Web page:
An in vitro biomechanical study for rabbit
lumbar functional spinal units (FSUs) using a robot-based spine testing system.
To elucidate the effect of annular puncture
with a 16 G needle on mechanical properties in flexion/extension, axial rotation, and lateral bending.
Summary of Background Data:
Needle puncture of the intervertebral disk
has been shown to alter mechanical properties of the disk in compression, torsion, and bending. The effect of needle puncture in FSUs, where intact spinal ligaments and facet joints may mitigate or amplify these changes in the disk, on spinal motion segment stability subject to physiological rotations remains unknown.
FSUs were tested using a robot testing system whose force/moment and position precision were assessed to demonstrate system capability. Flexibility testing methods were developed by load-to-failure testing in flexion/extension, axial rotation, and lateral bending. Subsequent testing methods were used to examine a 16 G needle disk puncture and No. 11 blade disk stab (positive control for mechanical disruption). Flexibility testing was used to assess segmental range-of-motion (degrees), neutral zone stiffness (N m/degrees) and width (degrees and N m), and elastic zone stiffness before and after annular injury.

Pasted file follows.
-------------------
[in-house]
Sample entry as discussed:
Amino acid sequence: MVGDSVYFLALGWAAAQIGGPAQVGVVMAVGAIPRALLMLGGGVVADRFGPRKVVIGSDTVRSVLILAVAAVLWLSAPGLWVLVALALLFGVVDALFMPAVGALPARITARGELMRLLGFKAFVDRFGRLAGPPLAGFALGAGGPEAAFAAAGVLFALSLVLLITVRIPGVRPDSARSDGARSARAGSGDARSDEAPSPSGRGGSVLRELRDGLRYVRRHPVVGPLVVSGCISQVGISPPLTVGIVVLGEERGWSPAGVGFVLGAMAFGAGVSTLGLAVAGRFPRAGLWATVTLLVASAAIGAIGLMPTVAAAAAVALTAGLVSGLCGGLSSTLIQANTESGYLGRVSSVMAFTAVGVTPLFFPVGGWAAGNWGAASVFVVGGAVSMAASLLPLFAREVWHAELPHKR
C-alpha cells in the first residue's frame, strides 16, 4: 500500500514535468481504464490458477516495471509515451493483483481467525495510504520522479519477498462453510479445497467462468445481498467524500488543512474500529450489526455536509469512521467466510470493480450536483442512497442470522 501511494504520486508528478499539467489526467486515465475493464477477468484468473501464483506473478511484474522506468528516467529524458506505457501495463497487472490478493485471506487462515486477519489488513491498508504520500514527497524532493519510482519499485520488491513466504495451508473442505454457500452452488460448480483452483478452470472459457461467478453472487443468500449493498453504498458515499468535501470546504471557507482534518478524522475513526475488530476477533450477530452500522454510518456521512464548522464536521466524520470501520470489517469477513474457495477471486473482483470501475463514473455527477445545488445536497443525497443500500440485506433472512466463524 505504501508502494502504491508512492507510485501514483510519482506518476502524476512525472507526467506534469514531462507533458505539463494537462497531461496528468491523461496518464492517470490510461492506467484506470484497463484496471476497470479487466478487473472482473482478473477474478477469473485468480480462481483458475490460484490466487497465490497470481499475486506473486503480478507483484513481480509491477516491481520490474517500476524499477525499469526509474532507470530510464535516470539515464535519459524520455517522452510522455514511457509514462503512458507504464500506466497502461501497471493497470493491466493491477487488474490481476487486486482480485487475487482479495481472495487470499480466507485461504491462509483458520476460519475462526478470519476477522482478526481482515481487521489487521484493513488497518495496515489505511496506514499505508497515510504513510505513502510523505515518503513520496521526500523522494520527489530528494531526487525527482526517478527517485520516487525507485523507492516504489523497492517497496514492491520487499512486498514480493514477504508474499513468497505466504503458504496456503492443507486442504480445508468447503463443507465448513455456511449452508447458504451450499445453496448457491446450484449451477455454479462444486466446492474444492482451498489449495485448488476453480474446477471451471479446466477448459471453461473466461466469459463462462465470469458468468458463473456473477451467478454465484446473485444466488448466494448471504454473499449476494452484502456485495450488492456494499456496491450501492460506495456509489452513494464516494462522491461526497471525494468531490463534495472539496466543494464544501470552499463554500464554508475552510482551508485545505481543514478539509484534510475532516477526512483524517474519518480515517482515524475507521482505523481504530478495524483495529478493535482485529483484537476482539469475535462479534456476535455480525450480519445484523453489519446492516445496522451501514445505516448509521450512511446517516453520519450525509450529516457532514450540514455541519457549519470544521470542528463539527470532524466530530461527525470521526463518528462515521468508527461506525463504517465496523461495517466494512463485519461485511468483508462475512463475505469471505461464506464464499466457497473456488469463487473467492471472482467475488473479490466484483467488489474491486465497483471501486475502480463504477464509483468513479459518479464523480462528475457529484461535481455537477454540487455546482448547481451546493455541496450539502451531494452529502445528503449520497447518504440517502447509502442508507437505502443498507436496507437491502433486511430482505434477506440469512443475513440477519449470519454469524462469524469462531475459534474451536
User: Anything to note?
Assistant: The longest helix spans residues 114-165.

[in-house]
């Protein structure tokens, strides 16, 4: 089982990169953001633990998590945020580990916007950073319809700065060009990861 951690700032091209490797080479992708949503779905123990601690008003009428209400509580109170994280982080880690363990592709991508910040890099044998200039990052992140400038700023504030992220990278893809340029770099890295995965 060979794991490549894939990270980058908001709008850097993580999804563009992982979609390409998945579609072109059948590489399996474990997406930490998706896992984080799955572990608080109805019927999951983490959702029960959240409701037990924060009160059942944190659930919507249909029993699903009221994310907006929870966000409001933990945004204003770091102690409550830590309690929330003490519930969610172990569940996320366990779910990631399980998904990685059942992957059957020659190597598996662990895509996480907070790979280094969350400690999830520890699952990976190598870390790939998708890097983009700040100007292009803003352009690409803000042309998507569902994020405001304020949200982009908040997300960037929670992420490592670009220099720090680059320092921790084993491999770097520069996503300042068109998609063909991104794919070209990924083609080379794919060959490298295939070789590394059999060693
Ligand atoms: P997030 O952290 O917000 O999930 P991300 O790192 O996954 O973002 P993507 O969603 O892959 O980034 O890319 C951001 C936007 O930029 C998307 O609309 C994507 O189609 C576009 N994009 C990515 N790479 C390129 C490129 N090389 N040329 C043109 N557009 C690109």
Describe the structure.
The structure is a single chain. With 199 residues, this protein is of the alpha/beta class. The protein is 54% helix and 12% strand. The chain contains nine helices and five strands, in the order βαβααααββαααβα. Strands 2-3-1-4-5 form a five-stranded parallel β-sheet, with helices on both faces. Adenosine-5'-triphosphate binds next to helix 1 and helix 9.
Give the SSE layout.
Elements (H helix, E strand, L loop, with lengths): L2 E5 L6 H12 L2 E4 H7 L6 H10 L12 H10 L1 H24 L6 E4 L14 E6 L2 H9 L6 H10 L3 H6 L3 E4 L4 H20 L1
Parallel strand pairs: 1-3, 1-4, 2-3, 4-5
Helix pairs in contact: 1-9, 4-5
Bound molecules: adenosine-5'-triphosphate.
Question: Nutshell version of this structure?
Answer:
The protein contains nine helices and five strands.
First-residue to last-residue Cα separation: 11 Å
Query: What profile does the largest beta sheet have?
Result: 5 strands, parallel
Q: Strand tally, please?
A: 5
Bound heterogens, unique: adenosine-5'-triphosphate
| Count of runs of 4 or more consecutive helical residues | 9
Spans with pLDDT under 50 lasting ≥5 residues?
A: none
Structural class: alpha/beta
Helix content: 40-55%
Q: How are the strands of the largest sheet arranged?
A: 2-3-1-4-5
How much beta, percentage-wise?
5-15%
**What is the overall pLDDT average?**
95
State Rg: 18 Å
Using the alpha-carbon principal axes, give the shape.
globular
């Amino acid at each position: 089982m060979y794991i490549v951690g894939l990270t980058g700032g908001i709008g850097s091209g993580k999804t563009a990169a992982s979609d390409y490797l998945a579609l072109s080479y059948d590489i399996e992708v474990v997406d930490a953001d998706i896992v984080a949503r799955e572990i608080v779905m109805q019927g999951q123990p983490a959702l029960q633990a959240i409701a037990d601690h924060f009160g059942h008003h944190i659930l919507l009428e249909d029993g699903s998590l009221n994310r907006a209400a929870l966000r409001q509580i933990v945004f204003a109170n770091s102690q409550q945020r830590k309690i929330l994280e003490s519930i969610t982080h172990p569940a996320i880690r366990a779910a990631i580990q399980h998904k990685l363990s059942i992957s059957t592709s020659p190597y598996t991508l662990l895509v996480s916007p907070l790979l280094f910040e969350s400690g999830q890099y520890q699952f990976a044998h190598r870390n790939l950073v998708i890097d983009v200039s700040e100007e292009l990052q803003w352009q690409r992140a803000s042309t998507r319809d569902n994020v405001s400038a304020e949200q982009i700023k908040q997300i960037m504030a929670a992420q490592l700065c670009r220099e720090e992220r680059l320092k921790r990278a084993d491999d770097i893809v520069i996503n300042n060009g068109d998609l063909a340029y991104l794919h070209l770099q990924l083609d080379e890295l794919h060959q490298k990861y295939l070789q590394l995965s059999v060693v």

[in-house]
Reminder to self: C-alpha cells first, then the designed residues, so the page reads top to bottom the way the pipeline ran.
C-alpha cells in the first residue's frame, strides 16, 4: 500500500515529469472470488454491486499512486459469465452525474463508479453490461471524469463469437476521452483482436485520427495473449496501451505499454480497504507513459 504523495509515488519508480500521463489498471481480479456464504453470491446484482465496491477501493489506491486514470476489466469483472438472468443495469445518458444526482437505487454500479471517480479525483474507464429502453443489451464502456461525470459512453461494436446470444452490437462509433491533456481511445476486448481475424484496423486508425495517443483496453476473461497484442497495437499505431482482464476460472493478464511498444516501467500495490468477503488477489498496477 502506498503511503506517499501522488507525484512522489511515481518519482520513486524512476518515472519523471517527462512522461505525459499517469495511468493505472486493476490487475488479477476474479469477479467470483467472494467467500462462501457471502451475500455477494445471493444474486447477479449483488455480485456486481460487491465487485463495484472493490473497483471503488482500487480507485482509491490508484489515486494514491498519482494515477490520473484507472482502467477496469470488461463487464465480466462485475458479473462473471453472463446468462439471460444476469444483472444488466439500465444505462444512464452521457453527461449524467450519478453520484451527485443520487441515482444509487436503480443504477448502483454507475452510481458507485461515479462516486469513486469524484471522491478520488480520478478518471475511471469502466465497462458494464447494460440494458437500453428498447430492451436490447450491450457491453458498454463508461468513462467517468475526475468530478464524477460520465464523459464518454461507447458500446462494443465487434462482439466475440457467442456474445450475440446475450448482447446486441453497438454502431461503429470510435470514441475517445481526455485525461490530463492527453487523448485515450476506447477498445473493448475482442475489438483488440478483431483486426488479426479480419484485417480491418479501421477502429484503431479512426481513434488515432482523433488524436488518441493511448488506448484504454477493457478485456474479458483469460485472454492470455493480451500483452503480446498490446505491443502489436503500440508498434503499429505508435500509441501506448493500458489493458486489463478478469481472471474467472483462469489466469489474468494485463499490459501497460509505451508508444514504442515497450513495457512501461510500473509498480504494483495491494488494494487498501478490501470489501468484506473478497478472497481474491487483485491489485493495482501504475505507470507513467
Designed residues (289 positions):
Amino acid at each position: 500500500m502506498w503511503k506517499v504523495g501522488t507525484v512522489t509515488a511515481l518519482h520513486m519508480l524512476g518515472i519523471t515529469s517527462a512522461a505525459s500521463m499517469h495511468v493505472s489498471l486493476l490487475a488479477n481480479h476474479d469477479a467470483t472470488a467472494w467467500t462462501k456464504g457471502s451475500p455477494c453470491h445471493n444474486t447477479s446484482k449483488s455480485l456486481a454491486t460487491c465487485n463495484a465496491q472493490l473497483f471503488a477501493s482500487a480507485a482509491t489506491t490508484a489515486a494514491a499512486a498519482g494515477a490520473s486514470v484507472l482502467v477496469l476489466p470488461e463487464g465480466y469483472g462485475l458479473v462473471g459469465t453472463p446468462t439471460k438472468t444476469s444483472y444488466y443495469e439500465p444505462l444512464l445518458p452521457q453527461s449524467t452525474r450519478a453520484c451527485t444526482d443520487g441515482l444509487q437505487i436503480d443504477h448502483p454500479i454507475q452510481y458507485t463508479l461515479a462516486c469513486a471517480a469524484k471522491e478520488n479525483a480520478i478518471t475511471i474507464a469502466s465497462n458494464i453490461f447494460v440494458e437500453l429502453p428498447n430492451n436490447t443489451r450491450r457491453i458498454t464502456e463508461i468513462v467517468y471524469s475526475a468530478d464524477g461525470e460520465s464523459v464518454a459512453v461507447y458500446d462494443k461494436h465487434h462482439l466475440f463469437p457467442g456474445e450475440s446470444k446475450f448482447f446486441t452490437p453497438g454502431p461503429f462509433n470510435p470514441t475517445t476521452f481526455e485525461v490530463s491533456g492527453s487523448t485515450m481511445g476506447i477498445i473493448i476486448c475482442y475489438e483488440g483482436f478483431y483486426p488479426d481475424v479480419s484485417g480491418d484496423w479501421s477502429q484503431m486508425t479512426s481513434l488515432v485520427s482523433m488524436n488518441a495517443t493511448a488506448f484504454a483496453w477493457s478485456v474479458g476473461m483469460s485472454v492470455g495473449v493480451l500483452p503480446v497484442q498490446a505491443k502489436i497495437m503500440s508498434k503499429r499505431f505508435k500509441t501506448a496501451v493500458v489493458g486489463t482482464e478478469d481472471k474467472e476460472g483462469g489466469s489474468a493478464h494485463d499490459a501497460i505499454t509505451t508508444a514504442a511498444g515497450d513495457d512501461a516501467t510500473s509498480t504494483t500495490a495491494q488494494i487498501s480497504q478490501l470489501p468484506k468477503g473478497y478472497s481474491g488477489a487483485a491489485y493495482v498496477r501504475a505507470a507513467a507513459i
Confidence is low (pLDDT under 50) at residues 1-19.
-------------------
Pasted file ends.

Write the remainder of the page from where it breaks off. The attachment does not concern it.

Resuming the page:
The robot-based system was capable of performing flexibility testing on FSUs—mean precision of force/moment measurements and robot system movements were <3% and 1%, respectively, of moment-rotation target values. Flexibility moment targets were 0.3 N m for flexion and axial rotation and 0.15 N m for extension and lateral bending. Needle puncture caused significant (P
<0.05) changes only in flexion/extension range-of-motion and neutral zone stiffness and width (N m) compared with preintervention. No. 11 blade-stab significantly increased range-of-motion in all motions, decreased neutral zone stiffness and width (N m) in flexion/extension, and increased elastic zone stiffness in flexion and lateral bending.
These findings suggest that disk puncture and stab can destabilize FSUs in primary rotations.